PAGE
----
Do These Things Before Opening Your Doors for Business
This article is part of Entrepreneur’s series on How to Start a Cannabis Business. We seek to promote financial inclusion through marijuana. In previous articles, we’ve looked into numerous aspects of getting into the marijuana industry, including licensing issues and how to convince investors to give you money. We even talked with numerous celebrities about why they are getting involved in the cannabis industry and how to get them to endorse your product or company.
Before your brick-and-mortar cannabis store officially opens, do a soft launch to make sure all the bugs and glitches are fixed. Here are some suggestions from people who have been there, done that.
Test your systems
You should try out your security system and your point-of-sale system, create test entries taking advantage of the software products’ sandbox features (making sure to erase that fake data before your market debut), and perform other trial runs. In other words, build in time to test all your systems and procedures in a soft-launch format before opening your doors to the public.
According to Marijuana Business Daily, the two biggest challenges for cannabis businesses without access to banking face are safeguarding cash and paying employees and vendors. Being prepared for them can save you massive headaches in the future.
Invite friendly faces
Once you’ve test-driven all the elements in your location individually, invite your family, friends, and colleagues to your shop, office, grow operation, or manufacturing facility and see what they think. Conduct this exercise at least once; if possible, spend two or three days at it. Ask people who will be candid about their opinions; it’s likely your mother or best friend won’t want to tell you if they don’t like something—or might not even know what a cannabis-related business should look like.
“Don’t just trust every person who gives you anecdotal feedback,” says Tyler Stratford, director of client relations for Canna Advisors. “Prepare an actual questionnaire, highlight areas of concern which are confined . . . and get the customers to describe the general feel they get from your location. Did they feel rushed? Did they feel like the employees didn’t know what they were talking about? Those are some general things that stem from inexperience.”
In addition to getting people’s comments, take notes during the soft launch yourself. This will probably be the only time you’ll be able to watch what’s going on in your business; once you open, you’ll be too busy running the place.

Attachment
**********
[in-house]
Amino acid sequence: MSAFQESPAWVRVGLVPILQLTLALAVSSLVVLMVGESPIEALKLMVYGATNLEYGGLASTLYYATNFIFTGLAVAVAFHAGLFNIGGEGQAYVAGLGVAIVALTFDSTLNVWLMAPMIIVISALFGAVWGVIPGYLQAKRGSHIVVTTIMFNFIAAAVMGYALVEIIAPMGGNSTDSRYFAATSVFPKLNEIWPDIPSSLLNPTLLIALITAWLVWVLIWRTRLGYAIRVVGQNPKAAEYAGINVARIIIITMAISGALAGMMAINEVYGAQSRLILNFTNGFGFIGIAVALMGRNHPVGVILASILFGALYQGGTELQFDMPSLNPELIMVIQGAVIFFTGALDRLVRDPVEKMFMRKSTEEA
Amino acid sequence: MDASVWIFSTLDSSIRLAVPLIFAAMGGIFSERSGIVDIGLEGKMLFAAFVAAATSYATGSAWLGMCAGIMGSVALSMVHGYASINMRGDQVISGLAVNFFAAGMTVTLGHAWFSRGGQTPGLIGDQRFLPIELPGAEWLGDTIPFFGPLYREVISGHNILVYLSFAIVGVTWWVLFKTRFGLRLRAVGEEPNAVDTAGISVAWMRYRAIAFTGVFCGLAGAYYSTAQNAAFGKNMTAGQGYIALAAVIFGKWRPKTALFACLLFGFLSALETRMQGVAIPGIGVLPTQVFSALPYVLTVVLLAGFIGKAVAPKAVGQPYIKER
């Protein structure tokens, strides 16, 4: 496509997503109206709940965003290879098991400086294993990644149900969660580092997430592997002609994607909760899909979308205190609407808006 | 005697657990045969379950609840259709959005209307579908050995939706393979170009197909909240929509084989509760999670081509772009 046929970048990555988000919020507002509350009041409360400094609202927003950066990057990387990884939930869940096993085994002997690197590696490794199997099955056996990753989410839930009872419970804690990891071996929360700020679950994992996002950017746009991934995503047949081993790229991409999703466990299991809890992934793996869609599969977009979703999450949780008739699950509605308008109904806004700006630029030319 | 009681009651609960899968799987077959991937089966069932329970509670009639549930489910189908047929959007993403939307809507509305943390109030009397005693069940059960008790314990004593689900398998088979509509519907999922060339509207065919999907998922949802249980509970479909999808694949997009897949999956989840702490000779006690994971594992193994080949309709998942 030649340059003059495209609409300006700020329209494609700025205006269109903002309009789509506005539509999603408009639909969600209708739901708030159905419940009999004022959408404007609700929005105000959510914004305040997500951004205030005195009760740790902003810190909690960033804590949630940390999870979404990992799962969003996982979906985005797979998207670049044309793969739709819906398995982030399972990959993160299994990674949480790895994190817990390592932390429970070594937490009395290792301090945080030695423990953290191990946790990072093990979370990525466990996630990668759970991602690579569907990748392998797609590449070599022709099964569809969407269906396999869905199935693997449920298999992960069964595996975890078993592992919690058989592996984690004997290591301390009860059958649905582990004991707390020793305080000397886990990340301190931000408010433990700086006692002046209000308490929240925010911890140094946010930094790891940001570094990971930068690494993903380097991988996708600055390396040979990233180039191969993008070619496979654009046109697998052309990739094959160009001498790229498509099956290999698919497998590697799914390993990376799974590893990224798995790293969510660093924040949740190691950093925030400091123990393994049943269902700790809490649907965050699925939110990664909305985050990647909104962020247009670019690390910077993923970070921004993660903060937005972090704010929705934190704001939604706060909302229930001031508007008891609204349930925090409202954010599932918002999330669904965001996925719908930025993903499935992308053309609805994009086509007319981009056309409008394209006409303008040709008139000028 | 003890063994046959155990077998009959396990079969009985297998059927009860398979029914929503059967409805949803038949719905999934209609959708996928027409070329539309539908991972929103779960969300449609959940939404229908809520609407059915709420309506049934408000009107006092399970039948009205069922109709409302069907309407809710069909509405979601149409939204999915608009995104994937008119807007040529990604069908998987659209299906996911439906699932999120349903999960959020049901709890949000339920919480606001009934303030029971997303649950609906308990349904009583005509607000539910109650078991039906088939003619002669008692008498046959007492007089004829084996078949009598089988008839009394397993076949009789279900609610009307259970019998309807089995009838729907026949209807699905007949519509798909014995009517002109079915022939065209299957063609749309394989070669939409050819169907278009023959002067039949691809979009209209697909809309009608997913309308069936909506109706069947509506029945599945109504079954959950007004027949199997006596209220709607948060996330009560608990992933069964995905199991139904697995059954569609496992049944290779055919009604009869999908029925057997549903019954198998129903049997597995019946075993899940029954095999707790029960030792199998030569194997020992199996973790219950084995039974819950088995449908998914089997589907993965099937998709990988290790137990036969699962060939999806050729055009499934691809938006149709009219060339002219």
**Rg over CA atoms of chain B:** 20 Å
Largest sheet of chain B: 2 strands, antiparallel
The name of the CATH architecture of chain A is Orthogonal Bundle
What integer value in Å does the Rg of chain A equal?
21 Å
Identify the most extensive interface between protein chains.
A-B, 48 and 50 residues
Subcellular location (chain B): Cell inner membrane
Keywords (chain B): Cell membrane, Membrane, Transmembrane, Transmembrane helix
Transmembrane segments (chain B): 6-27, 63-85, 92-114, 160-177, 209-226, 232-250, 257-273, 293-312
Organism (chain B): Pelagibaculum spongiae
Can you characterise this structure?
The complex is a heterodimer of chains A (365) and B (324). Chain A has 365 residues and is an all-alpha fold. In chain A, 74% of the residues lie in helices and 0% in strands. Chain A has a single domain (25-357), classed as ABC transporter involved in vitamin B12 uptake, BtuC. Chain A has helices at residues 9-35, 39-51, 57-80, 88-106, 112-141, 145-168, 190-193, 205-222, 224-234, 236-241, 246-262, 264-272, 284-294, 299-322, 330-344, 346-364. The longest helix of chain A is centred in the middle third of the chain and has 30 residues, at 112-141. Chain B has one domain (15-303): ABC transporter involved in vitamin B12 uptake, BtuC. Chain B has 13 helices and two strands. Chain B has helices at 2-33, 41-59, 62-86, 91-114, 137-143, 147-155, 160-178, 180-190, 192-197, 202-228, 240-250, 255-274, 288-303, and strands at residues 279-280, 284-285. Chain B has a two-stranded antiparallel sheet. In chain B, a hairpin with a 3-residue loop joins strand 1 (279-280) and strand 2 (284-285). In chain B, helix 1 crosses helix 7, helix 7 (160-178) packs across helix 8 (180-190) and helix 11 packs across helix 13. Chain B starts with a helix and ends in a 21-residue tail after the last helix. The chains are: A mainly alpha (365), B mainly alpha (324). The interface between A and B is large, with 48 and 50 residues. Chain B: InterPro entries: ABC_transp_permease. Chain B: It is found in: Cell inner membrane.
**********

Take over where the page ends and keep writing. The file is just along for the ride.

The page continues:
In many ways, how people experience your brand is related to the tangible aspects of it, whether it’s the physical location, the product, or even the people representing the brand. It’s important to keep this in mind as you assess the results of your soft launch. What worked? What fell flat? What sort of branding outreach can you derive from what you saw during the soft launch?
“Especially with a product that customers will hold in their hands and consume, the tactility of it is very important,” notes J. J. Kaye, co-founder of design consulting firm High Pressure Zone. “So, for instance, if you decide to place a demo of your product at a certain dispensary [or host a demo of a product in your store], don’t just throw them together half-assed. You need to put your best foot forward; that’s one of the very first touch points. The person doing the demo and educating people about the brand is basically representing your brand.
“Not thinking about that is really a missed opportunity to really create a connection and develop a lifelong consumer,” Kaye adds, pointing to the importance that large retail chains like Neiman Marcus or Barneys place on creating a consistent brand experience.
Here’s a detailed checklist of a few things you should test during the soft launch:
- Your security system
- Your point-of-sale system
- Your location’s general feel
- The way traffic flows inside the location
- How the product looks in your store, if applicable
- How the employees treat customers
- How customers react to interacting with employees
- How your staff reacts to unexpected scenarios
- How your staff manages an emergency drill
One final suggestion, courtesy of Tyler Stratford: “Throw in an issue. Have a scenario where somebody pretending to be drunk comes in, or come up with some kind of situation everyone in your team has to react to.”